July 2018
Volume 59, Issue 9
Open Access
ARVO Annual Meeting Abstract  |   July 2018
Measuring endothelial cell loss in Descemet Membrane Endothelial Keratoplasty (DMEK) grafts after transplantation in human cadaveric whole eyes
Author Affiliations & Notes
  • Rolake Alabi
    Weill Cornell Medical College, New York, New York, United States
  • Khoa D. Tran
    Lions VisionGift, Portland, Oregon, United States
  • Kelly Odell
    Lions VisionGift, Portland, Oregon, United States
  • Phillip K Dye
    Lions VisionGift, Portland, Oregon, United States
  • Kenneth Downes
    Lions VisionGift, Portland, Oregon, United States
  • Christopher S Sales
    Lions VisionGift, Portland, Oregon, United States
    Weill Cornell Medical College, New York, New York, United States
  • Footnotes
    Commercial Relationships   Rolake Alabi, None; Khoa Tran, None; Kelly Odell, None; Phillip Dye, None; Kenneth Downes, None; Christopher Sales, None
  • Footnotes
    Support  EBAA Richard Lindstrom Research Grant to Christopher Sales
Investigative Ophthalmology & Visual Science July 2018, Vol.59, 2901. doi:https://doi.org/
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      Rolake Alabi, Khoa D. Tran, Kelly Odell, Phillip K Dye, Kenneth Downes, Christopher S Sales; Measuring endothelial cell loss in Descemet Membrane Endothelial Keratoplasty (DMEK) grafts after transplantation in human cadaveric whole eyes. Invest. Ophthalmol. Vis. Sci. 2018;59(9):2901. doi: https://doi.org/.

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      © ARVO (1962-2015); The Authors (2016-present)

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Abstract

Purpose : To describe a novel method for analyzing DMEK graft damage after implantation into human cadaveric donor eyes, and to compare results when performing DMEK with a surgeon’s long-established technique compared to an unfamiliar technique.

Methods : After implanting a DMEK graft and attaching it to the recipient stroma with an air bubble tamponade, the corneoscleral cap was ‘recovered’ from the cadaveric globe using standard techniques. The DMEK graft was stained with Calcein-AM. After staining, a 9.5 mm stromal ‘carrier button’ was punched, and the carrier and graft was transferred to a microscope slide. Grafts were imaged and analyzed using FIJI trainable segmentation. Eight DMEK grafts were implanted into previously frozen human cadaveric eyes. Four grafts were implanted using a Straiko injector and tap technique familiar to the surgeon, and four grafts were implanted using the Tan EndoGlide and ‘donor mat device’ pull-through technique new to the surgeon.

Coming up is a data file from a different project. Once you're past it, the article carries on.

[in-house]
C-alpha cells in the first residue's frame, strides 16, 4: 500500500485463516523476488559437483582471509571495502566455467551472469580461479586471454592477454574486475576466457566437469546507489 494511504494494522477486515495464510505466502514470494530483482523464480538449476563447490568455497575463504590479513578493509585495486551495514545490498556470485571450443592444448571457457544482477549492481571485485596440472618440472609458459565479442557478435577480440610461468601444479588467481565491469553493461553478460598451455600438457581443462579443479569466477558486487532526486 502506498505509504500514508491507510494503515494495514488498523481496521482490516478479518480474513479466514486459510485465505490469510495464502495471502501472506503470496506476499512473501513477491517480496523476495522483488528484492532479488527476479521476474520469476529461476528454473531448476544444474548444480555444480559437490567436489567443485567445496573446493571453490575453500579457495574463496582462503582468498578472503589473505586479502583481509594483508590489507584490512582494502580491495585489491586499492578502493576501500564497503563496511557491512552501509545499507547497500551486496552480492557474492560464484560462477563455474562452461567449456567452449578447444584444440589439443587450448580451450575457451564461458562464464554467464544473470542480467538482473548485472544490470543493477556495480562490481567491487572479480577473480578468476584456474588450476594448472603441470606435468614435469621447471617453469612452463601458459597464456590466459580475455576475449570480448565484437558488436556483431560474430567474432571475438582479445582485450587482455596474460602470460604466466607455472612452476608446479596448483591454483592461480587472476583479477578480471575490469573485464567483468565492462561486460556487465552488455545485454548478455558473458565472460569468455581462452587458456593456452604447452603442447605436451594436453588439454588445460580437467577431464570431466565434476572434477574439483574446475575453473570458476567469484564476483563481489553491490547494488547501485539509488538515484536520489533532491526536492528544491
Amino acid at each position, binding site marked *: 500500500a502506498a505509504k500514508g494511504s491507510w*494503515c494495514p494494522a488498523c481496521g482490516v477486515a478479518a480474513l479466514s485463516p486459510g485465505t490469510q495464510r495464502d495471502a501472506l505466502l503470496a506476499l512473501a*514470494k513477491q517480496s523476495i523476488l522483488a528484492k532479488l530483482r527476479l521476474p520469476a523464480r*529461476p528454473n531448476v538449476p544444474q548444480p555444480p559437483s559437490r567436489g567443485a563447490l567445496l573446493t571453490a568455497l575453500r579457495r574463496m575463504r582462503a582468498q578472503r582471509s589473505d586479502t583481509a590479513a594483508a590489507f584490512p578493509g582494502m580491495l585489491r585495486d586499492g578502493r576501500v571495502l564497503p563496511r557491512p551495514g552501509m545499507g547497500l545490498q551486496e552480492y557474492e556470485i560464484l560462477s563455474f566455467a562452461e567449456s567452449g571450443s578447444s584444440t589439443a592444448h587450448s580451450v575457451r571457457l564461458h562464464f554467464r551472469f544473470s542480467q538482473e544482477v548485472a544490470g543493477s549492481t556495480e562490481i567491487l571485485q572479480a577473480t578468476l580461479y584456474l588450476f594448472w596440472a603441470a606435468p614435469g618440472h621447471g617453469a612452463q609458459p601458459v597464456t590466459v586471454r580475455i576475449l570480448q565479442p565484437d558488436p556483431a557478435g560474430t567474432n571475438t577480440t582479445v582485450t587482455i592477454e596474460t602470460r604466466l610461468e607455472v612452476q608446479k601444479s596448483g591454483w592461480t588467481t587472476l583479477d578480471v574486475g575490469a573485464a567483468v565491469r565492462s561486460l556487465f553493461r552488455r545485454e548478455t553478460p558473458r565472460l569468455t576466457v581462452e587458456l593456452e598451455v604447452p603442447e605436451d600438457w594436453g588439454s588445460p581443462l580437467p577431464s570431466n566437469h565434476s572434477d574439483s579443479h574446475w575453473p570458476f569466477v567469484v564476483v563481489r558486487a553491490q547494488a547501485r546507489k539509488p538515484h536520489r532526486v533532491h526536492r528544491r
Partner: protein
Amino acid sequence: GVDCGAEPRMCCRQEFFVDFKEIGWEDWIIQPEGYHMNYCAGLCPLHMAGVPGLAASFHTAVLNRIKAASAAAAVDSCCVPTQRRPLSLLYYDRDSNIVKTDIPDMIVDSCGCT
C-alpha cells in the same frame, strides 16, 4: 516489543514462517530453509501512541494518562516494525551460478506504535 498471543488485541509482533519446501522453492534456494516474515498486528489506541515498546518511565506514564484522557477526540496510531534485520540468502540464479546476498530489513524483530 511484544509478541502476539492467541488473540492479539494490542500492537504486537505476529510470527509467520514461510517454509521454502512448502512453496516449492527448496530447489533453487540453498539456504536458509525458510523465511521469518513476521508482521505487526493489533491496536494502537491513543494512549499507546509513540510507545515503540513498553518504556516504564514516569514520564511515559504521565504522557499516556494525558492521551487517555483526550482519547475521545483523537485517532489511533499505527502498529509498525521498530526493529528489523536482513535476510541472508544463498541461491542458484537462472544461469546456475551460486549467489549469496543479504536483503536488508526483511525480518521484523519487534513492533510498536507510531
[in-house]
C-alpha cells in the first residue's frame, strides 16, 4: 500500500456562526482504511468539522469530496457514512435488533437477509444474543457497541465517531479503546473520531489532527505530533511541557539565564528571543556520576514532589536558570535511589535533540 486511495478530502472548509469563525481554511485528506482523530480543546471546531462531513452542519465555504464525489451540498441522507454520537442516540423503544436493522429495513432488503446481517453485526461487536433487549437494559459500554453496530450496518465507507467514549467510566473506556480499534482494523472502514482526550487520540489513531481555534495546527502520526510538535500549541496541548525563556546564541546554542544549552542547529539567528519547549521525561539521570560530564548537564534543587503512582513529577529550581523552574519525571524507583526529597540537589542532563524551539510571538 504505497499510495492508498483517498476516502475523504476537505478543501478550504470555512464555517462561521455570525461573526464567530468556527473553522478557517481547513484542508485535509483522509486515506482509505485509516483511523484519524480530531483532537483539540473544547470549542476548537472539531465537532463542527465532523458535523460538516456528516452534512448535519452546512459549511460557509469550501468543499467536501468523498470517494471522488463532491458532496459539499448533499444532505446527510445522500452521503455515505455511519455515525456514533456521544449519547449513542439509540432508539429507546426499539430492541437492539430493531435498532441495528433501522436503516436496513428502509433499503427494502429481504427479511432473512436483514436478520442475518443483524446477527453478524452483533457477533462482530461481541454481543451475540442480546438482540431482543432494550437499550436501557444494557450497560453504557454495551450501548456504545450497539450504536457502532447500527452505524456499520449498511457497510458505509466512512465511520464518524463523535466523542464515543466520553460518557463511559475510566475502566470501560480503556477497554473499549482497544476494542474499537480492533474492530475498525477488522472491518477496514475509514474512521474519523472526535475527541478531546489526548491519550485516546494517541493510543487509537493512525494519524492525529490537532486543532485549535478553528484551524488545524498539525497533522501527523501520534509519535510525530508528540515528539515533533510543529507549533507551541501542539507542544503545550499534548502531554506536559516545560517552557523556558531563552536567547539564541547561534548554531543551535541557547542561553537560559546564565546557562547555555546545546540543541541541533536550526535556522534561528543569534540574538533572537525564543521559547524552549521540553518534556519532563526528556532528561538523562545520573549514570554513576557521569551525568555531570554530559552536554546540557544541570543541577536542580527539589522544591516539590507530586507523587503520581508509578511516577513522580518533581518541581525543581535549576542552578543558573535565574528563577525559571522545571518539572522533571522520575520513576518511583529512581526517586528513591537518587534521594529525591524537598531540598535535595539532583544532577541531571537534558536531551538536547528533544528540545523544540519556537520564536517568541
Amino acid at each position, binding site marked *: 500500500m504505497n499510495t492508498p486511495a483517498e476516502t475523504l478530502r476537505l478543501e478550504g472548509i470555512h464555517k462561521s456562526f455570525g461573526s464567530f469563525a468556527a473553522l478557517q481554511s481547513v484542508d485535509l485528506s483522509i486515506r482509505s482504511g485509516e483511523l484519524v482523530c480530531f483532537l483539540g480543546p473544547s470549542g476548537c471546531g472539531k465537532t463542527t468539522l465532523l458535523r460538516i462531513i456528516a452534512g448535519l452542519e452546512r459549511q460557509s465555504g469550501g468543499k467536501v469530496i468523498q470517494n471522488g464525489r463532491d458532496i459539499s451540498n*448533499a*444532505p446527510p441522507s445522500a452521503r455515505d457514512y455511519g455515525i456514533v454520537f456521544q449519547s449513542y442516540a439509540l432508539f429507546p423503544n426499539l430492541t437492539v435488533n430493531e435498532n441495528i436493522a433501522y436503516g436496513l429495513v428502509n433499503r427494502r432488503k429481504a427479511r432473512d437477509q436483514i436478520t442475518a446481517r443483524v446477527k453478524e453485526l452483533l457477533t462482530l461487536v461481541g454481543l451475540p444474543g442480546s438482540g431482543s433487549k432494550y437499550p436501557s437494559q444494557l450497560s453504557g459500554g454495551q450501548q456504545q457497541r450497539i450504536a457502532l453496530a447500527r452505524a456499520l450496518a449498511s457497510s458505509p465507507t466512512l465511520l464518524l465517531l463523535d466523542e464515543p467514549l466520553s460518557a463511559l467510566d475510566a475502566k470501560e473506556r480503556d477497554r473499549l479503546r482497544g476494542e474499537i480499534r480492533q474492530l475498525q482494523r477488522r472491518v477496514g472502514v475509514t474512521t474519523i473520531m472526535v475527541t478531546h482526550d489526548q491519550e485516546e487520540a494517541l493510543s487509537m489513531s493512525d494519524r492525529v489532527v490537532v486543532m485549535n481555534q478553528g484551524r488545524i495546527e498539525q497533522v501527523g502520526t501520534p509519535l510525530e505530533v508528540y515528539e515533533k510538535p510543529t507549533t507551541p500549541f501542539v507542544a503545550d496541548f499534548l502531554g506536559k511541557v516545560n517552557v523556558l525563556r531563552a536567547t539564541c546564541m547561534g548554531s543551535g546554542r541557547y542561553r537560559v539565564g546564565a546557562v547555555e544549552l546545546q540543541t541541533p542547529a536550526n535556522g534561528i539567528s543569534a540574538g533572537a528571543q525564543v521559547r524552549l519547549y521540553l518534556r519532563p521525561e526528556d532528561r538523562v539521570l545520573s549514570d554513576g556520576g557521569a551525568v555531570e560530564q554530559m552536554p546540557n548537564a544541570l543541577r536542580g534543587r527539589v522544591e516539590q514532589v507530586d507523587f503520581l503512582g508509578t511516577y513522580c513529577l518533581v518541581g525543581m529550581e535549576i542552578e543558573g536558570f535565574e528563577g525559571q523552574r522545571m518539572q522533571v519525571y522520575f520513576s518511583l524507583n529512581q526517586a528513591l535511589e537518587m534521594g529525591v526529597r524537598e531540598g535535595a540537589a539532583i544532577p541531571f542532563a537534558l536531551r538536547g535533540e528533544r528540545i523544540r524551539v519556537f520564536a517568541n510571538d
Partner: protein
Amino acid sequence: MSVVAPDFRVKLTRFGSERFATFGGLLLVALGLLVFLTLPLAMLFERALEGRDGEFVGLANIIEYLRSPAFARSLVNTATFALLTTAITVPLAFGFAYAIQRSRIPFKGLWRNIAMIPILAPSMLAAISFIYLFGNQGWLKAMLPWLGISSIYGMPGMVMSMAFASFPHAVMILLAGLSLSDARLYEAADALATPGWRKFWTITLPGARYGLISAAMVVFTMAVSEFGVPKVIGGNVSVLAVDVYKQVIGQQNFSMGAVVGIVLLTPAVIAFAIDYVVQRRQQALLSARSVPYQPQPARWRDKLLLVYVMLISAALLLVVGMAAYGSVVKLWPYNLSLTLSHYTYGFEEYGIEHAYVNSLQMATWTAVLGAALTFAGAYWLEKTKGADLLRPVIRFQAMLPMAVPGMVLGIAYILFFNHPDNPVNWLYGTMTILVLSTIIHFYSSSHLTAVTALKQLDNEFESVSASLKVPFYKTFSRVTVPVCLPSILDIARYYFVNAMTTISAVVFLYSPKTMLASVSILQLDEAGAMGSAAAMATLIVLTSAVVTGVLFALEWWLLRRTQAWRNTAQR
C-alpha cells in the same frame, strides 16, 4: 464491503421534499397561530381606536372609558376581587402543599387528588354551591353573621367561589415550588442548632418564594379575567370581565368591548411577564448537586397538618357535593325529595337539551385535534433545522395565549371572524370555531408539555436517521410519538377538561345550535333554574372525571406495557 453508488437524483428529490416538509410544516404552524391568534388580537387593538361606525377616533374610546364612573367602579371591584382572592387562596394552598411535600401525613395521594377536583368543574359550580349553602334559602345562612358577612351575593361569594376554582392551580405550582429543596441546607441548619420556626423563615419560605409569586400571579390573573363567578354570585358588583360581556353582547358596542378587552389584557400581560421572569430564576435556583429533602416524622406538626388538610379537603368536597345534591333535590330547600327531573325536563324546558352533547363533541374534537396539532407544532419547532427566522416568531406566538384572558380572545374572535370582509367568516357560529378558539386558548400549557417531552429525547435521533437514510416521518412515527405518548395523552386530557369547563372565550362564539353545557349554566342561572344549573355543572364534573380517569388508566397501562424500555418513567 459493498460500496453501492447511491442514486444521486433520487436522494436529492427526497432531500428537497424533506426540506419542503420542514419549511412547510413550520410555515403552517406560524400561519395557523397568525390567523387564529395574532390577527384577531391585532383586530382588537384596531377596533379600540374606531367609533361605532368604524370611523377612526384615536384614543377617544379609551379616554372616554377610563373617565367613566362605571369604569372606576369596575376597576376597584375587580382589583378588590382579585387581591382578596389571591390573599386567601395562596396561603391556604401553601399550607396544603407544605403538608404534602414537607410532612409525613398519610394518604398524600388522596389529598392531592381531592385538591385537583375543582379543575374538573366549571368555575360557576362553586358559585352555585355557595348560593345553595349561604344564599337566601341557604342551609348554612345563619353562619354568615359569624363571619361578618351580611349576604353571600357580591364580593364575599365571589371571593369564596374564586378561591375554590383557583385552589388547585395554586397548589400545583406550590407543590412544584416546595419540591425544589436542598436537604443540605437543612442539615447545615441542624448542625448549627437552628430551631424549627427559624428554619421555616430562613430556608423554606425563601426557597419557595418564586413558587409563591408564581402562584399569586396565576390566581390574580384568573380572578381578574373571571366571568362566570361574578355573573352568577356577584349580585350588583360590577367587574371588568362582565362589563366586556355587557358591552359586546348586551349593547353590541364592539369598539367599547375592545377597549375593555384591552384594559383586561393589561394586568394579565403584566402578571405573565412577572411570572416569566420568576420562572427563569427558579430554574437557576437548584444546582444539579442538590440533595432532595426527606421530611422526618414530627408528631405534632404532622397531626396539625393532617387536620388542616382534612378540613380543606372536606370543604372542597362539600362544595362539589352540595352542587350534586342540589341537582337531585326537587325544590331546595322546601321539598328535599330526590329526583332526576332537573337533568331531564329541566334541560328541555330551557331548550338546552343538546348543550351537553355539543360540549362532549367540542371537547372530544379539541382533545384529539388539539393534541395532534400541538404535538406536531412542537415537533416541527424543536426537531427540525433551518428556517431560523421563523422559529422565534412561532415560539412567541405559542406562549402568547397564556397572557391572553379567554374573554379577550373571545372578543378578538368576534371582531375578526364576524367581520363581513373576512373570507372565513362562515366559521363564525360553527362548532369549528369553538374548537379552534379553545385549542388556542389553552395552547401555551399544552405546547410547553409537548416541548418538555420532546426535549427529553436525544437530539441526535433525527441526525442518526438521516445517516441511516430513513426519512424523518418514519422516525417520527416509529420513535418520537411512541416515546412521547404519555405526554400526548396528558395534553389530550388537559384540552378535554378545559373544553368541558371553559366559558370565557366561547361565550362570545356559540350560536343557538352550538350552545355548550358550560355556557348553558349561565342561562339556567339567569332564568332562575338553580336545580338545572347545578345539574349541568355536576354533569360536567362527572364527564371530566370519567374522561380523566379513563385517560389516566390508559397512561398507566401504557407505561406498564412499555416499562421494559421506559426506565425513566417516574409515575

Results : Donor graft characteristics were not significantly different between the two groups (all P>0.3). Grafts implanted using the surgeon’s routine technique showed an average endothelial cell loss (ECL) of 31 ± 4% (n=3). Grafts implanted using the technique unfamiliar to the surgeon showed an average ECL of 47%, but with a trend toward improvement (1=76%, 2=65%, 3=32%, 4=17% ECL).

Conclusions : Our proof-of-principle experiment show that this imaging approach enables accurate quantification of ECL caused by different instruments and surgical techniques after graft implantation. We have employed this method to visualize the learning curve one surgeon faced when learning a new surgical technique.

This is an abstract that was submitted for the 2018 ARVO Annual Meeting, held in Honolulu, Hawaii, April 29 - May 3, 2018.

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